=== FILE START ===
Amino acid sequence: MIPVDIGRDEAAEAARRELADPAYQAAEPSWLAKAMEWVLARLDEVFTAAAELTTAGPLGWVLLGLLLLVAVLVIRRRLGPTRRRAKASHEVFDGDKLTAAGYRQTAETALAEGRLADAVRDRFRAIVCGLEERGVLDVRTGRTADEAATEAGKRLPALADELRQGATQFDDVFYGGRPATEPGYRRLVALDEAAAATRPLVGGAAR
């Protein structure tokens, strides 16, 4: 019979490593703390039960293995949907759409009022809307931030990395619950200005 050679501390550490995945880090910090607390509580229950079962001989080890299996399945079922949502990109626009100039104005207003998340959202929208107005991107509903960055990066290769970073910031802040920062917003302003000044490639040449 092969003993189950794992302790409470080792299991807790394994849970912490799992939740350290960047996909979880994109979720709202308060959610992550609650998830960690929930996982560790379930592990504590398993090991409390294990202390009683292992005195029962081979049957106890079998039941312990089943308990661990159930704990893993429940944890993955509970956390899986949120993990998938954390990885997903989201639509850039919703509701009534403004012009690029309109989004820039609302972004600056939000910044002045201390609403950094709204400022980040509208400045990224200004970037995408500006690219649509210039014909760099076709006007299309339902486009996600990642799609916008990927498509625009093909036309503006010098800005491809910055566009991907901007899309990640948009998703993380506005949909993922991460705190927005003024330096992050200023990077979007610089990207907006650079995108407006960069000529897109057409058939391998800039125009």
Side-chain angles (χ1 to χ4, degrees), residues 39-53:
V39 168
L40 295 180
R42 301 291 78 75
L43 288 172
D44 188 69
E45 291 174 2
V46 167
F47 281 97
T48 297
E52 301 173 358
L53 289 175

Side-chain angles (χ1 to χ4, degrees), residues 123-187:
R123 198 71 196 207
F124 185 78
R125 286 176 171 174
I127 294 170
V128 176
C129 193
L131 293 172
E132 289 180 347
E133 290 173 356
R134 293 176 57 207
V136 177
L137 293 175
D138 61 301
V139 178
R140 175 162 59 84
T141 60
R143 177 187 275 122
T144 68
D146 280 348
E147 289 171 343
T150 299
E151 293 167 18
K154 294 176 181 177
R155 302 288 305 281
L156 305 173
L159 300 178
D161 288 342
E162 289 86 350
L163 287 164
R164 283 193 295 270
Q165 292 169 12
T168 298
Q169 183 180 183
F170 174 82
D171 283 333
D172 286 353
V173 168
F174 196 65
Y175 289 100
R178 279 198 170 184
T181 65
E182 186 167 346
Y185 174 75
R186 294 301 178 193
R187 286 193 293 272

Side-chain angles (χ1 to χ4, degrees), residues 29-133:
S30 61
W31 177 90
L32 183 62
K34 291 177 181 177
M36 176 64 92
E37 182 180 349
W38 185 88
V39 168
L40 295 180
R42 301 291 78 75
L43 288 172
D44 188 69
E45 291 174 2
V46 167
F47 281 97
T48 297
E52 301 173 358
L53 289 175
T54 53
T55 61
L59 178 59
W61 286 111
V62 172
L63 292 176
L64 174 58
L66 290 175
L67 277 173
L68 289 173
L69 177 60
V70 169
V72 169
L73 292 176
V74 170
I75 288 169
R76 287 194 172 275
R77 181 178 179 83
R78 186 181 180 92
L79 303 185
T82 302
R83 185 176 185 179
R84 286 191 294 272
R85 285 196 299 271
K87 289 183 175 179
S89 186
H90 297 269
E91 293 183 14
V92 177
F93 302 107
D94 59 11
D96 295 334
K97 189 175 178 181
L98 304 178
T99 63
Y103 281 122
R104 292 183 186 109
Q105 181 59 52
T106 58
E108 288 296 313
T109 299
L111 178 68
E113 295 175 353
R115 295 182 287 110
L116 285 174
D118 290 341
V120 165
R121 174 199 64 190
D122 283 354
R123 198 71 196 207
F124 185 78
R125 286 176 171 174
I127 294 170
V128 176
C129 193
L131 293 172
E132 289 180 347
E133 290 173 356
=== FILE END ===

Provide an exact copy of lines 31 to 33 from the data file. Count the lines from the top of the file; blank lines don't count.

T141 60
R143 177 187 275 122
T144 68